It’s staggering how Lawson went from a borderline All-Star level point guard in 2012-13 to signing a non-guaranteed one-year deal with a lottery team three years later. His off-the-court issues have contributed to that, and he didn’t produce last season in Houston and Indiana. Still, he should have a pretty good chance of making the Kings’ roster, with Seth Curry and Rajon Rondo gone and Darren Collison their only proven point guard. They need depth there.

Ben Simmons works out with LeBron James and Dwyane Wade (PHOTO)

TARRYTOWN, NEW YORK - AUGUST 07:  Ben Simmons of the Philadelphia 76ers poses for a portrait during the 2016 NBA Rookie Photoshoot at Madison Square Garden Training Center on August 7, 2016 in Tarrytown, New York. NOTE TO USER: User expressly acknowledges and agrees that, by downloading and/or using this Photograph, user is consenting to the terms and conditions of the Getty Images License Agreement. Mandatory Copyright Notice: Copyright 2016 NBAE  (Photo by Nick Laham/Getty Images)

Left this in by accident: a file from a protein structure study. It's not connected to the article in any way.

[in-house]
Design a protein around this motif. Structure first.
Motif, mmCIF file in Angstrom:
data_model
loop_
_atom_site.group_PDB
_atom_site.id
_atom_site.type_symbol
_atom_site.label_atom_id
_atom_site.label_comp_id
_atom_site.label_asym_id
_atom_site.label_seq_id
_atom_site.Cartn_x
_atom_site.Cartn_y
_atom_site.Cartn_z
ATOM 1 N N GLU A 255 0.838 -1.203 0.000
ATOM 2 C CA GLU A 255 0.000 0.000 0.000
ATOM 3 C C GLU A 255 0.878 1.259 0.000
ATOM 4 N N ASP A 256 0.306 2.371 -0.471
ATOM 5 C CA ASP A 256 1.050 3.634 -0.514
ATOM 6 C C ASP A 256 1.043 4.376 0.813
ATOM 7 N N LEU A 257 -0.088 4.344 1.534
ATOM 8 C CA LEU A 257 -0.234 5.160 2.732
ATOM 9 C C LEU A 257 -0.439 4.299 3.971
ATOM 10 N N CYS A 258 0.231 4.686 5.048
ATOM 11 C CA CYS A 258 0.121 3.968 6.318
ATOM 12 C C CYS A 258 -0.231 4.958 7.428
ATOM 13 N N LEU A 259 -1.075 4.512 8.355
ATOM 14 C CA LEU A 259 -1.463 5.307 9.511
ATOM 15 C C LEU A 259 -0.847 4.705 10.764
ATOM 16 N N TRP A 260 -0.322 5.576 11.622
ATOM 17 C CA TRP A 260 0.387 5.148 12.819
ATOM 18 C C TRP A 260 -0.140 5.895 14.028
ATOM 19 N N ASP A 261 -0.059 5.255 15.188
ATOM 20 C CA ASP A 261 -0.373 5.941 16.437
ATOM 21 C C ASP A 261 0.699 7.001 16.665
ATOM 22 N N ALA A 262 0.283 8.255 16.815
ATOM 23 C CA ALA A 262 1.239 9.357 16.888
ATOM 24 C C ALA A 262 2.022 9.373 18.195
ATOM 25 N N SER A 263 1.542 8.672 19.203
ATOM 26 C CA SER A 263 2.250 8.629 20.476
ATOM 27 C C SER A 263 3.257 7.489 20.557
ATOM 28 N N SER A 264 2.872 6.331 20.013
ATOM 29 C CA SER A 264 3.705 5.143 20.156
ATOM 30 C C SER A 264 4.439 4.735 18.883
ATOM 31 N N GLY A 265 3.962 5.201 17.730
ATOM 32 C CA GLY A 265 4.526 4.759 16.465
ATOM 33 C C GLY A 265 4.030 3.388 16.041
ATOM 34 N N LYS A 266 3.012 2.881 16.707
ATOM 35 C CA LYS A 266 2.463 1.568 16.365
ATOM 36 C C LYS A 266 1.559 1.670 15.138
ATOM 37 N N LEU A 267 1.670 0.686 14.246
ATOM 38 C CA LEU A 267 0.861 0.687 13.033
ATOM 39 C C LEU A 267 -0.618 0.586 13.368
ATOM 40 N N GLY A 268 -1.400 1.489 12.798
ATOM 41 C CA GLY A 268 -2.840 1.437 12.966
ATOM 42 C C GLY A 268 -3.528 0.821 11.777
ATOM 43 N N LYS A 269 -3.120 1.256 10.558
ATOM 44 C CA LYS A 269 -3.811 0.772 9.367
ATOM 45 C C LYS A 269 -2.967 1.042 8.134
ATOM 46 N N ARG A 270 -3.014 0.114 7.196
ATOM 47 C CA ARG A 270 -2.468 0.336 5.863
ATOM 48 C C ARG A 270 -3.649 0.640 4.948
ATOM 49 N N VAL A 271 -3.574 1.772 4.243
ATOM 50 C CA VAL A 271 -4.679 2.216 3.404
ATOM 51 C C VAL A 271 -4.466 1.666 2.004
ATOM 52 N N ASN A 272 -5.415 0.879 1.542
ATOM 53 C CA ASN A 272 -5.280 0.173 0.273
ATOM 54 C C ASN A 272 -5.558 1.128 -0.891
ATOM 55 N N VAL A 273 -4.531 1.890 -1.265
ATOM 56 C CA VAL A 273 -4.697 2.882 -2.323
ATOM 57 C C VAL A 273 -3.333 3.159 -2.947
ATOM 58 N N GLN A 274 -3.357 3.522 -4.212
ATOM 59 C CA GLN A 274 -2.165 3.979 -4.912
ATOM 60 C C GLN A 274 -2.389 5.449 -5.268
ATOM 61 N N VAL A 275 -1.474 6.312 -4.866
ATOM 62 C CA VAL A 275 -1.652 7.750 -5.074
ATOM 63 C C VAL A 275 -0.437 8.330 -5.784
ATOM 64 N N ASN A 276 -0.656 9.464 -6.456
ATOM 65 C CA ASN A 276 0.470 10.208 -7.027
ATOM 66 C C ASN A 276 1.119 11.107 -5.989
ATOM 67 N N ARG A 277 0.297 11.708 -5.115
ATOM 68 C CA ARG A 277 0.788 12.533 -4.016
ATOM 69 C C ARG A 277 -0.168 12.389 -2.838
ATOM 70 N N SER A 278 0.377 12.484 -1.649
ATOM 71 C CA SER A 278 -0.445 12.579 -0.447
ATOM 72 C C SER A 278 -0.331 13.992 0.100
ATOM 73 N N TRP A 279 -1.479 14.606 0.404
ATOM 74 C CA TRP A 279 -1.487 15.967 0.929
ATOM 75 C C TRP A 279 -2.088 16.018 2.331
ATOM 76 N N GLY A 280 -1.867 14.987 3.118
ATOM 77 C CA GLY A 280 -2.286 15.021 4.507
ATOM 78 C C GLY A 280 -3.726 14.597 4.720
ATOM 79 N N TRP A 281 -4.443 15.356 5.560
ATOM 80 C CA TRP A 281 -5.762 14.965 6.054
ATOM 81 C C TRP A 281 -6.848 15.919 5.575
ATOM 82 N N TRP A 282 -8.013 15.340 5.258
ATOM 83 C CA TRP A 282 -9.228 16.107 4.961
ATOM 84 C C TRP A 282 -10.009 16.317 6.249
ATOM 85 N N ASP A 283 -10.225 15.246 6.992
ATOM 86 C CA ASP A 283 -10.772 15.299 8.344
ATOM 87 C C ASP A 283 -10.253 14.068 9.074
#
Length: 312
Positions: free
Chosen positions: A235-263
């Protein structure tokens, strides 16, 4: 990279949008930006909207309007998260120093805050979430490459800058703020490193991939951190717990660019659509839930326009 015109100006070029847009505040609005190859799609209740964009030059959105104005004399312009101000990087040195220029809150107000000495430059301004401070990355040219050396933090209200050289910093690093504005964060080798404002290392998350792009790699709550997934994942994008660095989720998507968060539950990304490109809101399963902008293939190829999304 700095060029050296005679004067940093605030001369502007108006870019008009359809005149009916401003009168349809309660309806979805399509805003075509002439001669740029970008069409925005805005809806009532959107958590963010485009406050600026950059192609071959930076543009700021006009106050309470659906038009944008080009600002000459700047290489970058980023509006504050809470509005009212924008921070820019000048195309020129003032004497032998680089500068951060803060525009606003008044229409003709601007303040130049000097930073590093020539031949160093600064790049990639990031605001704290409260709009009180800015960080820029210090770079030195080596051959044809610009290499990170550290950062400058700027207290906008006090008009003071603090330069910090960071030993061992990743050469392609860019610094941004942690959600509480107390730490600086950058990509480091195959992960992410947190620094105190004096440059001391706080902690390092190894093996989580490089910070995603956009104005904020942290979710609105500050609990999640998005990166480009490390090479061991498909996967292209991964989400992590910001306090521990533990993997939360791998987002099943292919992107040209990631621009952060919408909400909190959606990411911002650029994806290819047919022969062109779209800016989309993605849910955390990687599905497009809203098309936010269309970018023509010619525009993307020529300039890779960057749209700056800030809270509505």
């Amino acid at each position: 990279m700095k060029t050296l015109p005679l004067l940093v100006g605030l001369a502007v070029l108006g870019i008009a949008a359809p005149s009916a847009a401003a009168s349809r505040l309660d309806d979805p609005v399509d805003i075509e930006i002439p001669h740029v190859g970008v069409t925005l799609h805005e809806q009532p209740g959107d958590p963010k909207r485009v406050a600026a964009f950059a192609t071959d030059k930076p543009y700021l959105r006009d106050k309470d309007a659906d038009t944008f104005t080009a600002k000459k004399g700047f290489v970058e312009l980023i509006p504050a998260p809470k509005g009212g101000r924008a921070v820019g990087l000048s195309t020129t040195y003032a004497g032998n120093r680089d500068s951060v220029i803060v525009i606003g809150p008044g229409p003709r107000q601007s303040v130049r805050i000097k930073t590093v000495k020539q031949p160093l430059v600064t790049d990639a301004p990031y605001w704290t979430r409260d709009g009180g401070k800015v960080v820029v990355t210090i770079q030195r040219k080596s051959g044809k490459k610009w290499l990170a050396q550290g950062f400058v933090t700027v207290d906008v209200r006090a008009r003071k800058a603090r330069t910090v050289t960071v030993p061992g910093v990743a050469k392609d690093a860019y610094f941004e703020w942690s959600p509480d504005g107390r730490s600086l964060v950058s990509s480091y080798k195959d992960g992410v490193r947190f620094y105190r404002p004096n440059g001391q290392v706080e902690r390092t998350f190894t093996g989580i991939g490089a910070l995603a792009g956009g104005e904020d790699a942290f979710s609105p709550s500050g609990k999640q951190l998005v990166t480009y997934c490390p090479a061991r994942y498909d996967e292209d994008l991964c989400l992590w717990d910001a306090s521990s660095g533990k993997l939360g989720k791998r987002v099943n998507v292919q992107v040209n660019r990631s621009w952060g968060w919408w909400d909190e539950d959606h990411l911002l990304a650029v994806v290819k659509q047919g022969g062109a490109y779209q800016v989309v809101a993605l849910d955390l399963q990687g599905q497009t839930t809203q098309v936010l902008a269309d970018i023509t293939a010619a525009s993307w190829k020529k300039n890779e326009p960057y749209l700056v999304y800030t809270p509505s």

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When Ben Simmons declared for the NBA draft this spring, he signed with LeBron James‘ Klutch Sports group for representation. That association would appear to have its advantages for the No. 1 overall pick, including the opportunity to work out with James and Dwyane Wade during the offseason. Wade posted a group photo on Instagram on Wednesday afternoon:

Also, it’s pretty staggering to see Simmons standing next to James and realizing that he’s bigger and taller.